Monday, January 18, 2010

Arguments Against Joining Euro

When I began in early 2007, one of the first things I wrote about was the potential problems of joining the Euro. Recent developments suggest membership of the Euro could prove very costly for Greece, Portugal, Italy and Ireland.

Essentially membership of the Euro involves:
  • Single Currency
  • Single Monetary policy - interest rate set by the ECB.
What this means is that any member of the Euro cannot set interest rates and it cannot devalue (or appreciate) its currency.

This loss of monetary policy and exchange rate policy is not a problem if the Eurozone is an optimal currency area and the economies grow at the same rate. But, there is increasingly a divergence between different areas of the Eurozone - roughly a north - south split. The north (France and Germany) could recover strongly - this will cause ECB to put up interest rates and the Euro to appreciate.

But, in the south, deflationary pressures make recovery very difficult for the likes of Portugal, Greece and Italy. Also, the south have a much worse fiscal position.

This is the dilemma of the Eurozone - ideally, the south would have low interest rates, quantitative easing and a depreciation. But, the north doesn't. The ECB have great belief in their own powers and the necessity of the Euro project. But, this is not a dilemma which will easily go away.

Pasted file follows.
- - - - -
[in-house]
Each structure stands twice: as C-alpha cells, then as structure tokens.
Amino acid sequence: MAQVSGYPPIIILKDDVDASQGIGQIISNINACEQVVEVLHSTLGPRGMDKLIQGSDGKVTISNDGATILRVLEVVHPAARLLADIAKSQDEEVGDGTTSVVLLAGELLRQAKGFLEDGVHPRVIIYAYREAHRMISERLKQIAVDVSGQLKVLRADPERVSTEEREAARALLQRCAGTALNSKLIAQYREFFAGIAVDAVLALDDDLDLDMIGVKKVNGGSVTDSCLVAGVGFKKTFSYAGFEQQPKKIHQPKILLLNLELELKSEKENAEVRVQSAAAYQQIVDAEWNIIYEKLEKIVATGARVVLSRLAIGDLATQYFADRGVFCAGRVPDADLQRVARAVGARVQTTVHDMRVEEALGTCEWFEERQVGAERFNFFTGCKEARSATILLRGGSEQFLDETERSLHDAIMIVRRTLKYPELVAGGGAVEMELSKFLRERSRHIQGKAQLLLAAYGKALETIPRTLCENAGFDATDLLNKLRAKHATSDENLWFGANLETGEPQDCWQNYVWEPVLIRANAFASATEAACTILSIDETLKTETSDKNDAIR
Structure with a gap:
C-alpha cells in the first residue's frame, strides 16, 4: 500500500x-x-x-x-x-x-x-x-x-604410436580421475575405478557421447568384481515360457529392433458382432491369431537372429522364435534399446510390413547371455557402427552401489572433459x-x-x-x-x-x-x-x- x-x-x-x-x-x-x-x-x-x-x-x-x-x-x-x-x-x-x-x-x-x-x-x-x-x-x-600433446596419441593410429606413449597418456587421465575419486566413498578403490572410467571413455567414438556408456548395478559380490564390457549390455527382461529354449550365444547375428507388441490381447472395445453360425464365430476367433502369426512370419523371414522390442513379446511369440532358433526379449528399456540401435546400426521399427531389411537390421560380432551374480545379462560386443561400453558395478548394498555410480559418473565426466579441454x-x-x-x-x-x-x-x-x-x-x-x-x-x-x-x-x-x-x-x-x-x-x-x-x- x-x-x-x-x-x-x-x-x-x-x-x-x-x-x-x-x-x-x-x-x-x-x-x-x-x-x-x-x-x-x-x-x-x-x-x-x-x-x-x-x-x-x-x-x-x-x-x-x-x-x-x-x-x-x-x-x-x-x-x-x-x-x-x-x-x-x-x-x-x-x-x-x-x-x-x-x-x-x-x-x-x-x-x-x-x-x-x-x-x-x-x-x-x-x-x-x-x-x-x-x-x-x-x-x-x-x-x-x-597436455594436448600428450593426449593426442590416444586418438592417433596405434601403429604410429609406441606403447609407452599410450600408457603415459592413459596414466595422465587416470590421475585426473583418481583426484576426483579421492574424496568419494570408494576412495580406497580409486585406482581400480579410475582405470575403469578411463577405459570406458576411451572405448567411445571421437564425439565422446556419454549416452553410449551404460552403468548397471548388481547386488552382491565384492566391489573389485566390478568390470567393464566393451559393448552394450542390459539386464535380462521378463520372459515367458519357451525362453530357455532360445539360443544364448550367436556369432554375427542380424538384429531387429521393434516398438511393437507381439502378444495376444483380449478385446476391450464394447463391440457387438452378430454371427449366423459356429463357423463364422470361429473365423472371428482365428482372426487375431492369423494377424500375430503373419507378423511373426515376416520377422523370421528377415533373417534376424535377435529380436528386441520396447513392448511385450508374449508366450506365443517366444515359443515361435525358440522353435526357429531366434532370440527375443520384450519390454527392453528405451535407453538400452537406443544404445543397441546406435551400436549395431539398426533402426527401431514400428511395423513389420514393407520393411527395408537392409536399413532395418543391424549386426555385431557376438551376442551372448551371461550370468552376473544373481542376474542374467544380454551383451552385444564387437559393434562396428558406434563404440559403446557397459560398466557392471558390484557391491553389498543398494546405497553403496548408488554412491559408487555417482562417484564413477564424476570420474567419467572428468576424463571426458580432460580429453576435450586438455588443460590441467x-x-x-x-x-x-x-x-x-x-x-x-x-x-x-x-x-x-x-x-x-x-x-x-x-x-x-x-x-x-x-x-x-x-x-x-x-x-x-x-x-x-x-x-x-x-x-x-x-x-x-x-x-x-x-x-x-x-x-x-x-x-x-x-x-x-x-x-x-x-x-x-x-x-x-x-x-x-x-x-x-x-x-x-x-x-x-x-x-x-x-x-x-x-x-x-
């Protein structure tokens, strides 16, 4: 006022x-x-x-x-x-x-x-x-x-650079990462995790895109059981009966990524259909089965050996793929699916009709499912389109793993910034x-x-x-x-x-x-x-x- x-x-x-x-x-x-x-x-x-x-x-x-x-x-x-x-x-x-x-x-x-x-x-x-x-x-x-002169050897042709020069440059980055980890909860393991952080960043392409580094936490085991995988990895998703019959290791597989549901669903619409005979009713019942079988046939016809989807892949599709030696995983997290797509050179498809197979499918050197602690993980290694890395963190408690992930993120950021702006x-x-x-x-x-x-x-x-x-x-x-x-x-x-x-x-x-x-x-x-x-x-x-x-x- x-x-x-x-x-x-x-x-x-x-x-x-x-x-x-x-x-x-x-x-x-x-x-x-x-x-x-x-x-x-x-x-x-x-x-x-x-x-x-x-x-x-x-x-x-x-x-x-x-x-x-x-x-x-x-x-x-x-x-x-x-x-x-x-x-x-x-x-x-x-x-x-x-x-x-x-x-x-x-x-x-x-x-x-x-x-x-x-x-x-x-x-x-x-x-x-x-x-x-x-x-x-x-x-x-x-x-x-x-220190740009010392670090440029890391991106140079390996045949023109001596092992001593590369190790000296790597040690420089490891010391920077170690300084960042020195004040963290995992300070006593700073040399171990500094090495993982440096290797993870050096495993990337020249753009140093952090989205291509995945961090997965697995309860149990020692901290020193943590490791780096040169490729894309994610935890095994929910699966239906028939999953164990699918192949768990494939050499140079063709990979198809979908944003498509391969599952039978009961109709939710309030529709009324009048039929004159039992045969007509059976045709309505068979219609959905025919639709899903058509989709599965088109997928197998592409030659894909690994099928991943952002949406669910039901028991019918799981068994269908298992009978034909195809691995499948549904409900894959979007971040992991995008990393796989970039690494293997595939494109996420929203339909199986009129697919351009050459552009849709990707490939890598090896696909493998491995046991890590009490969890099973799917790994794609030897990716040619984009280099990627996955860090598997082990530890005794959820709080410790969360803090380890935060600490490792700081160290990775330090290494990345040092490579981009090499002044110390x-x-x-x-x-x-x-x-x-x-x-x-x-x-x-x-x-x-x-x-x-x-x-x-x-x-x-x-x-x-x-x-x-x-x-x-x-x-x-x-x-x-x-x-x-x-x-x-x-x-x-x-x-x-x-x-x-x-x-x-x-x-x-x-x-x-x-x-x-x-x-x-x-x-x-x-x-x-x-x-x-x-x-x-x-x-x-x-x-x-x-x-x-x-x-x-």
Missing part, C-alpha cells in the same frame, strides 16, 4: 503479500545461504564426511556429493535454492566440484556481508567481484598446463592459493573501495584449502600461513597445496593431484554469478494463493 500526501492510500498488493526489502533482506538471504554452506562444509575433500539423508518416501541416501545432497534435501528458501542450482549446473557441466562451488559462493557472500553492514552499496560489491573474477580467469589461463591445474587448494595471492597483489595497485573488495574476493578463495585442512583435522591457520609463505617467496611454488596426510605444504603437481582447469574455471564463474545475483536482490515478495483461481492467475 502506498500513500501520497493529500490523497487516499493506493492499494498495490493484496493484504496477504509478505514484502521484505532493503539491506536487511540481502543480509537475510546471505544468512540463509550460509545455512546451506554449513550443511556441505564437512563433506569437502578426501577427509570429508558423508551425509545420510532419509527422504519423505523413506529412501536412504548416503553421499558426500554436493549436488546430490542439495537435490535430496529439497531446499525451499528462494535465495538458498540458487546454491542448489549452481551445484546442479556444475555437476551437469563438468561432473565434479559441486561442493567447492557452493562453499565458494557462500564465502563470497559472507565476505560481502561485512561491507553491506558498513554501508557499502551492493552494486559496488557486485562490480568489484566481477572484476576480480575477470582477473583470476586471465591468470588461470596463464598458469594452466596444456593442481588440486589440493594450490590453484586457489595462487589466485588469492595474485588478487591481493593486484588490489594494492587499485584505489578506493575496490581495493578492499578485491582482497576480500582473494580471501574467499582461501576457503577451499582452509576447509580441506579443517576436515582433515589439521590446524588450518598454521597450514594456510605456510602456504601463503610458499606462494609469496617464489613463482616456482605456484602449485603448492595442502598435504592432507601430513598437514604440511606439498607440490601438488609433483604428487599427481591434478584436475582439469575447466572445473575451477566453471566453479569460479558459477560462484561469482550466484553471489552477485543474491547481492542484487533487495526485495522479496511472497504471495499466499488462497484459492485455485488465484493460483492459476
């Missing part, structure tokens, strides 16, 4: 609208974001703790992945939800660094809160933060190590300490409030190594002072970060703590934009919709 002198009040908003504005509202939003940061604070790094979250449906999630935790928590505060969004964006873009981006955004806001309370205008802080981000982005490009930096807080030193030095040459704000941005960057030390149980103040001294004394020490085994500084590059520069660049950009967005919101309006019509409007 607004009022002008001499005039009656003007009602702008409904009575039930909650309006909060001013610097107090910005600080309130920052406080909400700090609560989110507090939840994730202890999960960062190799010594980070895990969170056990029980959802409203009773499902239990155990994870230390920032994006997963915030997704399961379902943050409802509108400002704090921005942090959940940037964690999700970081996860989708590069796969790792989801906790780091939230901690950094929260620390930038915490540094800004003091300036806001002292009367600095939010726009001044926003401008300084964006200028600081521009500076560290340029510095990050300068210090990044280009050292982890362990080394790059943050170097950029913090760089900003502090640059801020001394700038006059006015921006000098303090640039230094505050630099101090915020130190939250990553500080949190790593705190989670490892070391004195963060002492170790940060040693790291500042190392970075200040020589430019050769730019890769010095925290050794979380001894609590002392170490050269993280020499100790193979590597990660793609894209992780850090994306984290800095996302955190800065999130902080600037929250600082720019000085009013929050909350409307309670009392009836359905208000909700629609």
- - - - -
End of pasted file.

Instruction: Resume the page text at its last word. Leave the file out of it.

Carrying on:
Problem of Public Sector Debt.

One of the supposed Maastrict criteria of Euro membership was that countries should limit public sector debt to 60% of GDP. However, the recession and profligate fiscal policies have prevented this.

Greece has a public sector debt of 120pc of GDP this year. S&P says it will reach 138pc by 2012.

The solution is of course to implement deflationary fiscal policy - higher taxes and cuts in spending. But, when your economy is in recession this will lead to an even bigger fall in output.

Deflationary fiscal policy is OK, so long as you have something to offset it - a devaluation in exchange rate or looser monetary policy. But, Greece doesn't have this. Greece will be implementing the painful part but without the relief.

For example, in the coming years, the UK will need to tackle its fiscal deficit - this will be difficult given our anaemic growth prospects - but, at least we will be able to benefit from monetary policy as loose as we want and a weak currency. If we had to reduce our deficit with a very strong pound, higher interest rates and deflation - it would be a disaster.

The outlook for the Greek economy is very grim.

Already, they are facing deflationary pressure - making the effective real interest rates high and increasing the debt repayment burden.

They can't devalue and are suffering from a hefty loss of competitiveness.

The only policy tools available to increase competitiveness are the prospect of nominal wage cuts - not political popular - and of doubtful economic value. (cut wages and people spend less)

In fact, the most viable economic option Greece has at the moment, is to leave the Euro, devalue the currency, pursue looser monetary policy and reduce the structural deficit.

Of course, the other option is for the stronger Northern Euro members to have a massive bailout of the indebted south. But, the idea of German taxpayers bailing out profligate Greeks and Italians may test even the most ardent European idealist....

Further Reading

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